Want to activate Bluetooth? Sure thing, there's the usual "Connectivity" folder, which now has nine items. Want to change a non-obvious preference? Fell free to hunt through at least three different "folders" for it (extra brownie points if you can disable the automatic SMS messages the phone sends to people who get a busy signal using a blindfold).
And don't get me started on the connection profiles, or the way you now have two browsers (Web and Services) in two different locations.
So I have to wonder precisely how much of these wonderful features actually get used - or, worse still, how many of the basic ones are truly usable. Sure, it is still easy to send an SMS or MMS from a Series 60, and (once you figure out where it's gone) the call log is still easy to use and navigate, and their calendar is still one of the best.
But I find it telling that (in particular) the N80 includes a new "multimedia" key that causes a fancy (but ultimately useless) 4-way menu to appear - it smacks of utter confusion as to what the user interface flows ought to be, since you now have four ways to invoke applications:
- You can bind them to the idle screen soft keys.
- You can add them to the "active" menu on the idle screen (which now looks like a Pocket PC "Today" screen, with a row of application icons, a list of upcoming events, etc.).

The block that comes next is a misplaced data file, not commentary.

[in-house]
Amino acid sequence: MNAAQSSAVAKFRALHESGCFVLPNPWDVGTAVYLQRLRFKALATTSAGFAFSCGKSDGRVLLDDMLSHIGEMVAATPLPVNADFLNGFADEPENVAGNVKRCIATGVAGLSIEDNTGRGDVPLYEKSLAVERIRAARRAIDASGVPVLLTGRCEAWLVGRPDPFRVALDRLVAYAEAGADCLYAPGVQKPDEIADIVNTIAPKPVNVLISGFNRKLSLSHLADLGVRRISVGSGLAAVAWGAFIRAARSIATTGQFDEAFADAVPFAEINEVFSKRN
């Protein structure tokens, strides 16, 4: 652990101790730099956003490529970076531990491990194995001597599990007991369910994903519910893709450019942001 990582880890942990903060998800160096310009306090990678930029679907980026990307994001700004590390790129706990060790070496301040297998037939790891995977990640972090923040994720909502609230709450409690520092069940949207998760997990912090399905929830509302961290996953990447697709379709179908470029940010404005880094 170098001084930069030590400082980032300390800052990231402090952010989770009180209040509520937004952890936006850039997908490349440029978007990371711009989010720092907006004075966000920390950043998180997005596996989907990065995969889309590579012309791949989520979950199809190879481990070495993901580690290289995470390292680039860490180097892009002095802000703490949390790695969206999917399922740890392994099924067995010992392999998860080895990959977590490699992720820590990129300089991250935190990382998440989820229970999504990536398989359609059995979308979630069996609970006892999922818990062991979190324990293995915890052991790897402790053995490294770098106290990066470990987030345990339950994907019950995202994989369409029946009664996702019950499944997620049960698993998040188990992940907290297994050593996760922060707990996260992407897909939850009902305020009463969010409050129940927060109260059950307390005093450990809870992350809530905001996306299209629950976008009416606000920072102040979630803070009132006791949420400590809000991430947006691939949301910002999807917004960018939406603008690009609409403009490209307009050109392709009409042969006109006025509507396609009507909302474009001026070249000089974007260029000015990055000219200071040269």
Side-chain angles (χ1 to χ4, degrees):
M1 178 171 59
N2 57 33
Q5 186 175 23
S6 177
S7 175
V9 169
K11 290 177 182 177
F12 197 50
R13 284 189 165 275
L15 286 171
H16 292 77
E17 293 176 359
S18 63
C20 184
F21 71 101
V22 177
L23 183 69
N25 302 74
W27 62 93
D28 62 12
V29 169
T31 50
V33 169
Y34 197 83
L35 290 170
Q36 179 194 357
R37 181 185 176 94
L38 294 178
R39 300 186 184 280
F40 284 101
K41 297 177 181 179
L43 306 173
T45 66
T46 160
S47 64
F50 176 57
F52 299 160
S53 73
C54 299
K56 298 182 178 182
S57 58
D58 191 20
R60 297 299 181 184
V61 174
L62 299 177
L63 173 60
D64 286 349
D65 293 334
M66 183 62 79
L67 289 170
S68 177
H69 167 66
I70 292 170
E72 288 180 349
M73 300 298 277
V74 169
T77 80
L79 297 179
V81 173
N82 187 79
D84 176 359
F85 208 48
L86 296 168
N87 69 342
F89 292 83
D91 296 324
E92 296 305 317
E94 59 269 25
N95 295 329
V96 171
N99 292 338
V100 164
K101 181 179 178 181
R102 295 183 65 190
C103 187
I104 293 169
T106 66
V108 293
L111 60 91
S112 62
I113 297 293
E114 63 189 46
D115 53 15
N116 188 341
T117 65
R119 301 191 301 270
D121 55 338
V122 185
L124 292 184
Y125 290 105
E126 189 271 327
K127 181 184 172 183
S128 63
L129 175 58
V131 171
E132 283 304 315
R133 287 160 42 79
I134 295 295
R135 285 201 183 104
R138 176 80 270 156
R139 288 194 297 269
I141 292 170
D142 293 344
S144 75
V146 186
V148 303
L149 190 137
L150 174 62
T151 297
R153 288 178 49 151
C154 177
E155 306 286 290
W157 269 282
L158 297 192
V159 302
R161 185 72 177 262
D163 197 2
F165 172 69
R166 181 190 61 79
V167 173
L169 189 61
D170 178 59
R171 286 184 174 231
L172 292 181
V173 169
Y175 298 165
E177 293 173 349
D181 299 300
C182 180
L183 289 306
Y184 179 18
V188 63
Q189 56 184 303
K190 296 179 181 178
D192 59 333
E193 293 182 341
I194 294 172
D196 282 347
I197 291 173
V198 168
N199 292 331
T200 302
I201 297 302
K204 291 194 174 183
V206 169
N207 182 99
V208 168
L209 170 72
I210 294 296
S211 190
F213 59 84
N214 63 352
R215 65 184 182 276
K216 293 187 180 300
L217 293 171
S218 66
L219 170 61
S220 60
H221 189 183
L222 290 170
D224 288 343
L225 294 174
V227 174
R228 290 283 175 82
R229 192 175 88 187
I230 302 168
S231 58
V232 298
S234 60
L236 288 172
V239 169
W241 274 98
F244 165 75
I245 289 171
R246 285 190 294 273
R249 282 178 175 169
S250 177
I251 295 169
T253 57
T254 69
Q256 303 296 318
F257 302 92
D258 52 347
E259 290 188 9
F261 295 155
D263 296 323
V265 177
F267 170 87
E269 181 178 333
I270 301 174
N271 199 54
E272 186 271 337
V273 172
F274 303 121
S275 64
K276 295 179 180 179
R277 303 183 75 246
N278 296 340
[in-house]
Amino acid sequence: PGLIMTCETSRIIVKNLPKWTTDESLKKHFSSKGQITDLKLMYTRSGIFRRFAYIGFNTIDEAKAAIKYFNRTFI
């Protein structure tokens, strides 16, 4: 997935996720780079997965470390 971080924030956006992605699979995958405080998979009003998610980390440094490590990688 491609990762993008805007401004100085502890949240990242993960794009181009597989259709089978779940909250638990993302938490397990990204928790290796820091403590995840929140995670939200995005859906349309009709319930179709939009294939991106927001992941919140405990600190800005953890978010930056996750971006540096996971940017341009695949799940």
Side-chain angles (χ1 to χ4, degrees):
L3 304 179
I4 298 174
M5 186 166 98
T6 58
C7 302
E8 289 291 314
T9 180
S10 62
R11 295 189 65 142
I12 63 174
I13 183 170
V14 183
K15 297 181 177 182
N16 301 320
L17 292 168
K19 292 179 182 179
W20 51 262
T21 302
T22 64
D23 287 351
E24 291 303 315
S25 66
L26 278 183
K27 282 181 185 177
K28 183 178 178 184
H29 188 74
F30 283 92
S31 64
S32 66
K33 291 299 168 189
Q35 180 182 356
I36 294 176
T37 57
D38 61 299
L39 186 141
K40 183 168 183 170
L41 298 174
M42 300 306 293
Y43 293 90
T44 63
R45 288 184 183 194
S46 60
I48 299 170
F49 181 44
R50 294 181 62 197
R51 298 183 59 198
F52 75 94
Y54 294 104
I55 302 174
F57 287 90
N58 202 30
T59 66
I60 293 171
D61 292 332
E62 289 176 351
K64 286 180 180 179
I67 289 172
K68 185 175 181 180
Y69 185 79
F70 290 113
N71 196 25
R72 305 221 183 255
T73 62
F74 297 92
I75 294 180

- You can invoke the main menu by pressing the application key (or switch to a running application, which should probably count as yet another option).
- And, finally, you can assign four applications to the menu invoked by the new key.
Yes, it's nice to have options and configurability, but as the iPod has taught us, it's best to have one consistent way to do things than multiple confusing approaches.
The Mac Angle
Once I got an N80, I obviously needed a way to import my contacts onto it - and the Nokia Windows software (the bane of helpdesk staff anywhere, and renowned by the amount of things it installs on your machine and its odd notions regarding ownership of your PC's data ports) wasn't it.
Since the N80 isn't yet officially supported by iSync and I have never gotten around to figure out iSync 2.3 (some day, I tell myself, some day...), I went and grabbed the mactomster plugin, which worked OK once I disabled calendar sync (for some reason my N80 didn't like that and kept aborting the sync with a system error).
One minor note: the instructions are in German, and they state that you should drop the plugin inside your iSync application bundle. This is a big no-no - put the .phoneplugin inside a PhonePlugins folder inside your user Library folder.
There were two things I noticed about importing my contacts: The first is that the phone imported contact pictures just fine, taking advantage of the N80's improved resolution, but with a white outline that seemed like a resampling glitch of some sort. This may be attributed to the plugin I used, but as far as I could tell from inspecting it it used the same settings as the standard Apple support for comparable phones.
The second is that it synthesized voice tags from the text, which was an extremely welcome surprise.
The third was that if you leave the Contacts applet running while doing a sync, it will lock up and require you to kill it.
Also, Nokia Collector (which can talk to pretty much all my non-Nokia phones) choked on it (dumps show an inordinate amount of folder enumerations, probably due to the way the internal filesystem is structured), and the once-stellar Nokia Bluetooth OBEX implementation failed, time and again, to transfer more than a single file in a row to my iMac.
Remember the bit above about the powerful OS these things have? Never mind.